5 Tips For Finding And Hiring The Right People For Your Business (The First Time)

Written by Emily Martin, Contributor, March 2021

Luck is what happens when preparation meets opportunity.

After a recent “feel good” success story filling a new, key role for their growing operation, one of my clients was feeling pretty “lucky” about finding their first Client Success Manager. This candidate checks all the boxes: he’s got the skills and experience we were seeking to add to the business, but even more excitingly, he is a great culture-fit-addition to the team. But although this endeavor was leaving us feeling super fortunate about finding our guy, was it really sheer chance that landed us here? Heck no!

Luck isn’t some happy accident; it’s the result of doing the work to put yourself in a position to have an opportunity to present itself, and all the preparation you do to be ready to recognize, seize, and make the most of that opportunity when it does come knocking. I think it’s safe to say that all businesses understand, at least to some degree, the connection between having a thriving, successful business, and having great, successful people that directly contribute to making that success happen. It’s also no secret to any business owner the cost in time, productivity, and straight dollars a bad employee can have. There are a slew of statistics about the billions of dollars (Sorenson & Garman, 2013) that are lost each year by American employers from disengaged staff, or how replacing an employee on average costs twice as much as their annual salary (Mcfeely & Wigert, 2019). With all this being said, why is it that so many businesses, even unconsciously, rely on this idea of “luck” or chance in hiring?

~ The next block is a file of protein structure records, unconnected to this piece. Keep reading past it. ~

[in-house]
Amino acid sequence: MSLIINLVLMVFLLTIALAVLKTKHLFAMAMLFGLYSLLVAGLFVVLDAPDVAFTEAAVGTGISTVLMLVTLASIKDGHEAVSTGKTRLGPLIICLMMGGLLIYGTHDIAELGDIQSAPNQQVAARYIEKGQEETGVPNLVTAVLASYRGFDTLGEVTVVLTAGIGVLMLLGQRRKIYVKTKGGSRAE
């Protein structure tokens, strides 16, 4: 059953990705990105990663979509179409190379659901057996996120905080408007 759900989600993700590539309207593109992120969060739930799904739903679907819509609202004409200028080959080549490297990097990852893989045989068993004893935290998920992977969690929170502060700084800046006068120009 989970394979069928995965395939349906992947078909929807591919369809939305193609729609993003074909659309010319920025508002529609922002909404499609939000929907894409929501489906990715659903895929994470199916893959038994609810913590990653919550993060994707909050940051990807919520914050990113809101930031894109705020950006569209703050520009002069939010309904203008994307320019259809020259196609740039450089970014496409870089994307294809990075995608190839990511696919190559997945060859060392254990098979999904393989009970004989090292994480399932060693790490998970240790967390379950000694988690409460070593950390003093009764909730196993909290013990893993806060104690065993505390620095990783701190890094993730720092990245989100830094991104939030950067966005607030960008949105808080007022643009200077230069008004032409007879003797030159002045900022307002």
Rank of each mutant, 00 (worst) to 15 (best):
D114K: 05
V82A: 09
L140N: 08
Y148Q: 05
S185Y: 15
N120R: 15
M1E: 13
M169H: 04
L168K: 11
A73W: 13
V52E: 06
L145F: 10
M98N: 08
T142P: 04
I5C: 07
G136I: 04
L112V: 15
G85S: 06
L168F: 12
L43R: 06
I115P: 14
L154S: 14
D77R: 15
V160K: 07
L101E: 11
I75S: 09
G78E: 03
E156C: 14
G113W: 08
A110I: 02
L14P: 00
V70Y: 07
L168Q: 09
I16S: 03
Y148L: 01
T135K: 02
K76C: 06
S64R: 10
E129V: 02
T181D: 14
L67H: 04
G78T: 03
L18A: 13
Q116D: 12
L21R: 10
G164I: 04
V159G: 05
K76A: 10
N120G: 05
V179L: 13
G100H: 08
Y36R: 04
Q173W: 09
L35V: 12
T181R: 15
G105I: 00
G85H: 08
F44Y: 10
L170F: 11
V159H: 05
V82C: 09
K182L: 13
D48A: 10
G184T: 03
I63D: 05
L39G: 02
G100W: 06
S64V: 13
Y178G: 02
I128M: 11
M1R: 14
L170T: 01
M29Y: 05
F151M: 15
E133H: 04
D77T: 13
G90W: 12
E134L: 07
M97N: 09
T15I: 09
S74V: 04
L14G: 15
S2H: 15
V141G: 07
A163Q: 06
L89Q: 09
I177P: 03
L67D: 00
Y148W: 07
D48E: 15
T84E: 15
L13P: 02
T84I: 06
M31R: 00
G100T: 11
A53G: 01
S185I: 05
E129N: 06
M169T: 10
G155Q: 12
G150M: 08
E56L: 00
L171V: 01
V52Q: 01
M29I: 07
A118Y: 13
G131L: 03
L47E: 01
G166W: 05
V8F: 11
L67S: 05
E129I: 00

Just like with marketing, operations, and other components of a business, there are clear actions that businesses can take to find and hire the best people possible to then have the best impact on their business. With a little help and a lot of discipline, my client put in the work to put themselves in the position to get lucky in finding their ideal hire, and lucky for you, we’re here to share some tips on how you can do the same.


1. Define/Remember why you’re hiring in the first place.